In the last two decades, depictions of wild animals in children’s books have dwindled.

I used to think that some of the world’s best nature and travel books could be found in the children’s section of my local bookstore. On those dedicated shelves were tales of exotic islands (The Swiss Family Robinson by Johann David Wyss); adventure on the seas (Kidnapped by Robert Louis Stevenson); the beneficence of forests (The Giving Tree by Shel Silverstein); the dangers of plucking animals out of the wild—and the faithfulness required of them to successfully bring up young (Horton Hatches the Egg by Dr. Seuss); and, of course, there resided my favorite book of all time: The Little Prince, the story of a boy who travels to other planets in a struggle to save his own dying world.

I used to think that, that is, until I read about a recent study conducted by researchers at the University of Nebraska. It seems that the current crop of children’s books shows a remarkable lack of nature as subject matter.

Should we be concerned?

Shel Silverstein’s 1964 book “The Giving Tree” is a tale about a boy and the tree that sustains him throughout his life. ©John T. Andrews

A turn away from nature

In this column in November 2009, I wrote about nature words disappearing from children’s dictionaries. But now, it seems, references to nature are vanishing from contemporary children’s books altogether.

Recently, University of Nebraska-Lincoln researchers, led by sociologist Dr. J. Allen Williams Jr., analyzed 8,000 images from 296 children’s books that received Caldecott awards—given to American artists for distinguished picture books—from 1938 (the first year the prize was handed out) to 2008. They theorized that there were two possibilities regarding a change in content over time: 1) growing concern about critical environmental problems, such as deforestation and a decline in biodiversity, may have led to an increase in illustrations and stories about wild animals and the natural environment; or 2) the increasing isolation of people from the natural world may have resulted in a decline in the perceived relevance of these environmental issues and resulted in fewer stories and depictions.

Unfortunately, No. 2 seems to be the case. In the last two decades, there have been significant declines in depictions of natural environments, while built environments (such as houses or playgrounds) have become much more common. Representations of wild animals (rather than domesticated or anthropomorphized creatures) also dwindled.

In the book “Horton Hatches the Egg,” an elephant is captured by hunters and placed in a traveling circus. Eventually, he is returned to the wild. ©Mark Hickey

The authors of the study conclude that today’s generation of children are not being socialized—at least through their books—toward an understanding and appreciation of the natural world and the place we humans have in it.

Online sources fill the gap

Some question the validity of the study’s results, however, saying that Williams looked only at books that won prestigious Caldecott awards. But there are, they would argue, a wide variety of other books that contain illustrations with natural landscapes or animals. And, they point out, picture books are not the only genre of children’s literature. There are a number of text-based books, and any of them could have contained an environmental message.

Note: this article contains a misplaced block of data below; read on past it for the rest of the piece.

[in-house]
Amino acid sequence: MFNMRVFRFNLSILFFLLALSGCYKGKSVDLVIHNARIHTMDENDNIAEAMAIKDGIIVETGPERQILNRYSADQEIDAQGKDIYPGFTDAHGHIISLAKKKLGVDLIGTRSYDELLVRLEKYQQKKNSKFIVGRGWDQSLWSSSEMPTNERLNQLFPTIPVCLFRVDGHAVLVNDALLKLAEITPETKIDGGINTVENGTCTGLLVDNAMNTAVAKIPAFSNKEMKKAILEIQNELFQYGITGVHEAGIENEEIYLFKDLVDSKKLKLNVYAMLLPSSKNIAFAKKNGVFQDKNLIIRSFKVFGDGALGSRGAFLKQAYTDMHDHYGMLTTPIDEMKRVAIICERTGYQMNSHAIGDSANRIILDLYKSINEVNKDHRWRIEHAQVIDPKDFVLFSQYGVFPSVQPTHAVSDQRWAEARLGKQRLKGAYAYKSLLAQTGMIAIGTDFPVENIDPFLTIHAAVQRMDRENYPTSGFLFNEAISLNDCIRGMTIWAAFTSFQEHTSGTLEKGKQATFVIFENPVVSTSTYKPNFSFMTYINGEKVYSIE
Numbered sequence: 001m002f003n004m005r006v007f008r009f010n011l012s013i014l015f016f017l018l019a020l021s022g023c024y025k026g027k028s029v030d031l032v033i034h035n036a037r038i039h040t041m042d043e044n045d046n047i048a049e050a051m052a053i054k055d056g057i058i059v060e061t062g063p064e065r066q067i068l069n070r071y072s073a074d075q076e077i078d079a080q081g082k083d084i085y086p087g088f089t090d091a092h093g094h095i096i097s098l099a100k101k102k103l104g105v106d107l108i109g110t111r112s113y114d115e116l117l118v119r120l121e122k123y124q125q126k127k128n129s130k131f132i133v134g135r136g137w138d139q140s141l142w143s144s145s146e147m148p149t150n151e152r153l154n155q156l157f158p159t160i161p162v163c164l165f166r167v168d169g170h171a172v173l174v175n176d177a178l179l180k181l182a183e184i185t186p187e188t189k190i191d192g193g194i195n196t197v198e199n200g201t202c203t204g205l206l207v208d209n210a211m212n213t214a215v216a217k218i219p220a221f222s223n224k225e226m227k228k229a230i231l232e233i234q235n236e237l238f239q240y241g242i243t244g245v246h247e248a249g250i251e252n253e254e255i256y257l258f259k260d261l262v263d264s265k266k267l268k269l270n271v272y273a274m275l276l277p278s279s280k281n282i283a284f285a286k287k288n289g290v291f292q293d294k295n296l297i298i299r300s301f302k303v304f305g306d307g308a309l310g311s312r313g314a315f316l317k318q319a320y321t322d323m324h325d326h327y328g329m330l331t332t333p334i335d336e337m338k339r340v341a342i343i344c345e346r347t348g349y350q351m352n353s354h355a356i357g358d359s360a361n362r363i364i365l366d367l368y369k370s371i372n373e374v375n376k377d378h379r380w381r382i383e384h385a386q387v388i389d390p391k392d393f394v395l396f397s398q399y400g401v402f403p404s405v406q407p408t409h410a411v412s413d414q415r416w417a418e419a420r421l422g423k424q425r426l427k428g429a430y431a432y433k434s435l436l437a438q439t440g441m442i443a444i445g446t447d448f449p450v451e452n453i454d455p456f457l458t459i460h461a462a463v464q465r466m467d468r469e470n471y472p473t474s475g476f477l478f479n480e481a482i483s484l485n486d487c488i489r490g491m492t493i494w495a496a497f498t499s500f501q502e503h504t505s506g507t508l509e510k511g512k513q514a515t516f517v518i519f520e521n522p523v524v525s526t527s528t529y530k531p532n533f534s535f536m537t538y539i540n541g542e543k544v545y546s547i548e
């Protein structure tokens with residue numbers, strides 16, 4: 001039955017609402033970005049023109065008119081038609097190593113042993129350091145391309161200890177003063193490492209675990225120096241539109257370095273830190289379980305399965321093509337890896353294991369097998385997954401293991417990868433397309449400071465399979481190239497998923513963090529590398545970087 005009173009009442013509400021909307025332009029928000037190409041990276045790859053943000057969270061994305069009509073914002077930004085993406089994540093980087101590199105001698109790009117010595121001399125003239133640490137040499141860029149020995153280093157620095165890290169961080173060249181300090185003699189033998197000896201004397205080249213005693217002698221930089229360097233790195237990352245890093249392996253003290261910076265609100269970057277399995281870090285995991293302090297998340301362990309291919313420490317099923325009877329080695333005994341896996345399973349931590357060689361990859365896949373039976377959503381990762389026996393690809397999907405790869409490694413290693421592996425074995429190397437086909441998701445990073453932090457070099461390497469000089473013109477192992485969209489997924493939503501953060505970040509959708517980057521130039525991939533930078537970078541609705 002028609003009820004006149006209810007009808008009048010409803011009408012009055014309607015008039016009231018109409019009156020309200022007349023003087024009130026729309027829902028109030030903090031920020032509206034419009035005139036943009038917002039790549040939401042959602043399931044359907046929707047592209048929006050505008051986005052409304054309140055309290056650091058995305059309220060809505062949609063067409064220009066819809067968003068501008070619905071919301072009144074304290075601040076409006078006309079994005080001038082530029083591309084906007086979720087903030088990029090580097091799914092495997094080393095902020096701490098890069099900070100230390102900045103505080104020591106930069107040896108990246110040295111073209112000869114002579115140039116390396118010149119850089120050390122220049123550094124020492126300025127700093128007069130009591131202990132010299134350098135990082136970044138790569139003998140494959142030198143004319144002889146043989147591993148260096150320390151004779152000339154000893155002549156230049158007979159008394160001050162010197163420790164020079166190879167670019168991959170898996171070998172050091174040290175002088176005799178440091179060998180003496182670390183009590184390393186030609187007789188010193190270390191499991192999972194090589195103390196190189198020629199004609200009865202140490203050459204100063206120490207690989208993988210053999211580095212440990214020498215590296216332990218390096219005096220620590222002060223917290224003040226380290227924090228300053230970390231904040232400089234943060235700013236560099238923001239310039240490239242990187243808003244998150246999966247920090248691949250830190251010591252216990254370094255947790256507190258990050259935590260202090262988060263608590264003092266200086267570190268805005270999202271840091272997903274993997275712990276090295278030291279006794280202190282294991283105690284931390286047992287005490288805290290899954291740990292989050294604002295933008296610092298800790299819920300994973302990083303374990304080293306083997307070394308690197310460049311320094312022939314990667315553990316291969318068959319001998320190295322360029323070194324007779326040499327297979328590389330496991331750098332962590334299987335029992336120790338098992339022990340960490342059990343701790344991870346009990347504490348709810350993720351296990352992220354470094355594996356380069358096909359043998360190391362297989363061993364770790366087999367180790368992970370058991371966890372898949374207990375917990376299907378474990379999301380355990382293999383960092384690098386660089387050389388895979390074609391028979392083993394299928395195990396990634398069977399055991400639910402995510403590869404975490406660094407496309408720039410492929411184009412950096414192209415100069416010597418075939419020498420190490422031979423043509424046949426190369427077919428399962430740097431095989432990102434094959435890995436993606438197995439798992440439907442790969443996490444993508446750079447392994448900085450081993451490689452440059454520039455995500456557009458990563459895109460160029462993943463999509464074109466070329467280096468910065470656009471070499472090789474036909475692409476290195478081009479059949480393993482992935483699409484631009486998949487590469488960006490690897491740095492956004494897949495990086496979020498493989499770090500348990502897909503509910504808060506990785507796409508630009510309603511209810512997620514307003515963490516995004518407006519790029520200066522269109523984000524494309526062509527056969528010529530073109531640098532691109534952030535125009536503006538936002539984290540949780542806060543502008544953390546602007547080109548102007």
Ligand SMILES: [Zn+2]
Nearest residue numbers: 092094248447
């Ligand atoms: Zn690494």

Too, those who question the findings say that perhaps William’s study measured a decrease in natural settings or animals because children are much more plugged into the online world today than decades ago. There are plenty of websites that are devoted to educating children about the environment, such as The Nature Conservancy’s Nature Lab, Defenders of Wildlife’s Kids’ Planet, or the Corporation for Public Broadcasting’s EekoWorld.


Through books, children today are not being guided toward an appreciation for the natural world. Representations of wild animals have decreased in recent years.

A matter of priorities

Williams, however, believes other indicators back up his study’s findings. In 2009, for example, Gallup conducted a poll regarding Americans’ attitudes toward the environment. The results showed that the environment is “not a high salience issue” and has a “low mind presence” in respect to priorities for the government.

A year later, in 2010, Scholastic reported that some of the most popular trends in children’s literature are: dystopian fiction, mythology-based fantasy, multimedia series, special-needs protagonists and a shift away from picture books. It was stated that publishers are producing 25 to 30 percent fewer picture books than in years past due to parents wanting their children to read more challenging books at younger ages.

It’s a trend that’s still being seen in 2012. Environmentally friendly books for children are still a small subset of the market as a whole. For the month of August, in fact, The New York Times Best Sellers list of children’s picture books shows that books with environmentalism story lines or natural settings are almost nonexistent. And even as the green movement grows today, it appears that the environment and protection for wildlife is not a high priority for most Americans.

Some would argue that children are much more plugged into the online world today than decades ago, and there are plenty of websites devoted to educating children about the natural world. ©Lars Plougmann, flickr

Should this shift away from nature in children’s books be of concern? Or is it merely a reflection of changing technology and the realities of the world our children will have to live in? How many of the picture books on your own children’s shelves are on nature topics?

Here’s to finding your true places and natural habitats,